COUNCILLORS will be asked to comment on a recommendation to build 850 new homes each year for the next 14 years at a meeting tonight.
But, planning inspector Mike Fox, who will decide if the planning blueprint is adopted, expressed concerns about the “soundness” of the plan at an exploratory meeting at the borough council last month.
He raised key issues with the current state of the plan, including concerns over the viability of 40 per cent affordable housing on all developments across the borough and raised questions on the environmental impacts of the incinerator, in Whitmarsh Lane, Chineham.
However, the planning inspector’s main concern was over the figure of homes built each year – 748 – which has been set by the borough council.
Mr Fox told the borough council that they should adopt a yearly figure of up to 850 new homes to put them in a better position when the plan is examined later this year.
And now councillors on the borough council’s economic, planning and housing committee will be asked to provide comments and recommend to the decision-making Cabinet that the figure of 850 is adopted.
The figure has been based on a need to support a high level of jobs for the borough’s successful economy after Mike Fox said that nationally the economy was improving and more homes needed to be built to support this.
Mr Fox also suggested that the borough council should include a figure of new jobs which are hoped to be created across the borough year in the Local Plan.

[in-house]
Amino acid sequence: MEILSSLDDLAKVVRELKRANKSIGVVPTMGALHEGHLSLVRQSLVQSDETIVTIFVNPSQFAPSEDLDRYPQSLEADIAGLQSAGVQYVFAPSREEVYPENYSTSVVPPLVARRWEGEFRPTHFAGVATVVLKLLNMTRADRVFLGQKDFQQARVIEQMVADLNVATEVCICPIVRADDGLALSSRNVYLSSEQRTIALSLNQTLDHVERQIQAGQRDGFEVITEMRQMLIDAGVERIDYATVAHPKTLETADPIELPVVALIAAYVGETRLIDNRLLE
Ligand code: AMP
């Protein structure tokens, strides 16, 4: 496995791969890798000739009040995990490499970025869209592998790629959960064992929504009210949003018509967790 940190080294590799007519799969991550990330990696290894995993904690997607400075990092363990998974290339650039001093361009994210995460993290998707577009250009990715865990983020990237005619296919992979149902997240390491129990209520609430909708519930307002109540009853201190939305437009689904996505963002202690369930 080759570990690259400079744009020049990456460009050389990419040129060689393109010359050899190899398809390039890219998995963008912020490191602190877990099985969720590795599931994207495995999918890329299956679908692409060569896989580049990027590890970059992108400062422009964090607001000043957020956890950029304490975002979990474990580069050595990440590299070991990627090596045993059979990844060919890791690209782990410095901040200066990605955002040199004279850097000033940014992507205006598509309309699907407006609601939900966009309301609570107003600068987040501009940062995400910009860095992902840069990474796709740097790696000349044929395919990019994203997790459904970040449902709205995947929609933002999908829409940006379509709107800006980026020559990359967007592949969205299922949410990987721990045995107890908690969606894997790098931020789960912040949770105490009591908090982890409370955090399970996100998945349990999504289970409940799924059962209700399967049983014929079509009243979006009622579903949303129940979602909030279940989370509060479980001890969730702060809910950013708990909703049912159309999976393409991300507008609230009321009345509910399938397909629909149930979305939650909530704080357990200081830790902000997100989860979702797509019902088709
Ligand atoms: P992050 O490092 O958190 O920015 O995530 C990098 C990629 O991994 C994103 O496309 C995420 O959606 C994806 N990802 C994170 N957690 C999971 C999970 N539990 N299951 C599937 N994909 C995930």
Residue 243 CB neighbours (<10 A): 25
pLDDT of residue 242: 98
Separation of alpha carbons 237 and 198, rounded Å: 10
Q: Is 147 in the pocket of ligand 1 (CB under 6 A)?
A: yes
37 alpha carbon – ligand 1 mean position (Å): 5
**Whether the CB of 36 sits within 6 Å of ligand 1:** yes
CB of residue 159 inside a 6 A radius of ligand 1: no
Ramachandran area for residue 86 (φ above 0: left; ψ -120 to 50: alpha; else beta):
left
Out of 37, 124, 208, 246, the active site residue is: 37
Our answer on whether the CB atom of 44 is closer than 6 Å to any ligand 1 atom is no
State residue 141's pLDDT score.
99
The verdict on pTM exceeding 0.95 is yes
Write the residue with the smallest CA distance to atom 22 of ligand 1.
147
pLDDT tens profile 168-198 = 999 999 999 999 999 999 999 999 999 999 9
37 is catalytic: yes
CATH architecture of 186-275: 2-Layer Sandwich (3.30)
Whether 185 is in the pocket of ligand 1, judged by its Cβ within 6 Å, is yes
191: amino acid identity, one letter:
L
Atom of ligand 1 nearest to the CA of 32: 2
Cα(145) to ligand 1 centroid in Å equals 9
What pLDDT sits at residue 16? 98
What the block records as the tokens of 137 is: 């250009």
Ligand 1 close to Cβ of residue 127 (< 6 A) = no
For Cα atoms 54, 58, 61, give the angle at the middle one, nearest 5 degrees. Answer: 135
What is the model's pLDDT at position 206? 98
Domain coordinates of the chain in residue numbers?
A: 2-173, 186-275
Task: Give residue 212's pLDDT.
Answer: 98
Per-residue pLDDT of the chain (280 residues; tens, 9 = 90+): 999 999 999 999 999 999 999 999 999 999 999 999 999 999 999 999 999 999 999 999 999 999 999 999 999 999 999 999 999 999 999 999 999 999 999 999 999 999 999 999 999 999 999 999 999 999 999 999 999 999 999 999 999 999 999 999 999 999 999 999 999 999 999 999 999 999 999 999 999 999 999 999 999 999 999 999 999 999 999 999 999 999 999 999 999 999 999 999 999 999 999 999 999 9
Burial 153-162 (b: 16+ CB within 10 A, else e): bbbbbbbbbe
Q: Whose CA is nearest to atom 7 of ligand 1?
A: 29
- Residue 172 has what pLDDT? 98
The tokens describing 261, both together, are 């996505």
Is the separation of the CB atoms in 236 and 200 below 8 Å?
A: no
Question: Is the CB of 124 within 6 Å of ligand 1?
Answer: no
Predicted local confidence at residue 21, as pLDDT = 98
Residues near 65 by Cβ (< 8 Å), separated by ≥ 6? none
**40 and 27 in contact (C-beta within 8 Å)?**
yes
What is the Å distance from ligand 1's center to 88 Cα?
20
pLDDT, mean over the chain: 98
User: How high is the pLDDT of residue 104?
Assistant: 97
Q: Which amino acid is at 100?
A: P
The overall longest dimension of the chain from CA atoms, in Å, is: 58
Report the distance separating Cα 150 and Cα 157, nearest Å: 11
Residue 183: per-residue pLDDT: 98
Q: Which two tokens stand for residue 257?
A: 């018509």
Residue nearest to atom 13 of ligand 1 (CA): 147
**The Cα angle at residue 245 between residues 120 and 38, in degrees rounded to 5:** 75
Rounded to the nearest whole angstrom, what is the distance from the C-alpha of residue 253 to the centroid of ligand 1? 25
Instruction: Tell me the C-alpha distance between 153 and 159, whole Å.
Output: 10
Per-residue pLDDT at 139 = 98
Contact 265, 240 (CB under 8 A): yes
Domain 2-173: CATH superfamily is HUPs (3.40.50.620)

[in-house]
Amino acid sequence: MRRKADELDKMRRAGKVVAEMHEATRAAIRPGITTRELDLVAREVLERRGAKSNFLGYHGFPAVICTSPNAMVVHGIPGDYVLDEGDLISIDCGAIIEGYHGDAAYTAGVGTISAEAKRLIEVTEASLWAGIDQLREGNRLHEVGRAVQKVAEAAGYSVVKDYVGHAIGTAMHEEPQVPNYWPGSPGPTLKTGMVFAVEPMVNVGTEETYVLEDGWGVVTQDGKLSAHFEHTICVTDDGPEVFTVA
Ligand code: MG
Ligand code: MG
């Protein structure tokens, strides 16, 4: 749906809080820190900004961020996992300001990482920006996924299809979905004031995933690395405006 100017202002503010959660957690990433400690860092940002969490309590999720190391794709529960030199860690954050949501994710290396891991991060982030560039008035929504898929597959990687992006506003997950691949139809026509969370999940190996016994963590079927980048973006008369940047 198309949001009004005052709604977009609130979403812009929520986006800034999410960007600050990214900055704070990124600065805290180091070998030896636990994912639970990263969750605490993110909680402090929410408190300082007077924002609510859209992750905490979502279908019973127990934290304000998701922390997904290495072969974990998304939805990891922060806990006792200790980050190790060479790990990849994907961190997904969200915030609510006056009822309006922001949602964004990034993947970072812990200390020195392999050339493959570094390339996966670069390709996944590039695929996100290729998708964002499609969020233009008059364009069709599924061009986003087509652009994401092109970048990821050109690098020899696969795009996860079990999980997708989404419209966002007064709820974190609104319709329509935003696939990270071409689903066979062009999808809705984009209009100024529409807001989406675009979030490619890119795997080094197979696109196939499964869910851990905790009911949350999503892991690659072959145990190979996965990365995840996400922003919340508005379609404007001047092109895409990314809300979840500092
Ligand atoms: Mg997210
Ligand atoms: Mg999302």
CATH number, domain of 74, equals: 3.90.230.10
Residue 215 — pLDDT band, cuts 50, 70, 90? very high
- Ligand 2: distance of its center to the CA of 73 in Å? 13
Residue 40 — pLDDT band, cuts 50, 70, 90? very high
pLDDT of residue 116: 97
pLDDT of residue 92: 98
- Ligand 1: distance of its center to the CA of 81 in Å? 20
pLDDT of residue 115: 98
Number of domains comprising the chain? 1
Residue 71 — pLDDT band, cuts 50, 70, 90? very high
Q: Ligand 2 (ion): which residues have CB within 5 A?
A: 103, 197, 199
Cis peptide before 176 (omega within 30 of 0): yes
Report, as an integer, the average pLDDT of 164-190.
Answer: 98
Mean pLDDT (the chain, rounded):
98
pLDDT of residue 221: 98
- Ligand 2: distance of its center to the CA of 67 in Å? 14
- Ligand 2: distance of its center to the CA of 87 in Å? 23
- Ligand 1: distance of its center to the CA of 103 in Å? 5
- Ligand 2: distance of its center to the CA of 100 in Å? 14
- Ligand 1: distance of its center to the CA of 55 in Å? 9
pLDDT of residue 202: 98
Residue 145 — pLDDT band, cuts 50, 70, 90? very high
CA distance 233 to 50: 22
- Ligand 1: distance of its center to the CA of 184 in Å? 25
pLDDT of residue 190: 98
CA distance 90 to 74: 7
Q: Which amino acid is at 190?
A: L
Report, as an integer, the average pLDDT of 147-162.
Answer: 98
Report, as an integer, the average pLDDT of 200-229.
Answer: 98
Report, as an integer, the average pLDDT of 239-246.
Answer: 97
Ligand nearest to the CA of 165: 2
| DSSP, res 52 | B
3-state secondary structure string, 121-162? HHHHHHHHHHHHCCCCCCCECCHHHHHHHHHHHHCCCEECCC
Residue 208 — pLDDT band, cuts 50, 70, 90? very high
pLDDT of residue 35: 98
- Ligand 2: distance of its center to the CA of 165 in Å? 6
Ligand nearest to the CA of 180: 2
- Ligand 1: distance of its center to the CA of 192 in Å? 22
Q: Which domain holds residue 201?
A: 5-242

This has been set at between 450 and 600 new jobs a year.
Councillor Mark Ruffell, Cabinet member for planning and infrastructure, said: “Following the helpful and constructive meeting with the planning inspector in December, we are asking the committee to look again at the housing figure.
“The inspector made it clear that the evidence base that we had used was robust, but he indicated that the trend (economic activity) that we had selected was likely to be regarded as pessimistic leading to a housing figure that would be regarded as too low.
“I look forward to hearing the discussion at committee as we take the next steps towards finalising a balanced plan for our borough’s future.”
However, the deputy leader of the borough’s Labour group, Cllr Paul Harvey slammed the delay in adopting the plan.
He told The Gazette: “It continues to leave Basingstoke vulnerable to a development free-for-all. We are obsessing and talking about numbers but the real issue is that we don’t have a five year land supply and we have no way of preventing sites from coming forward for development before we even get close to adopting the Local Plan.”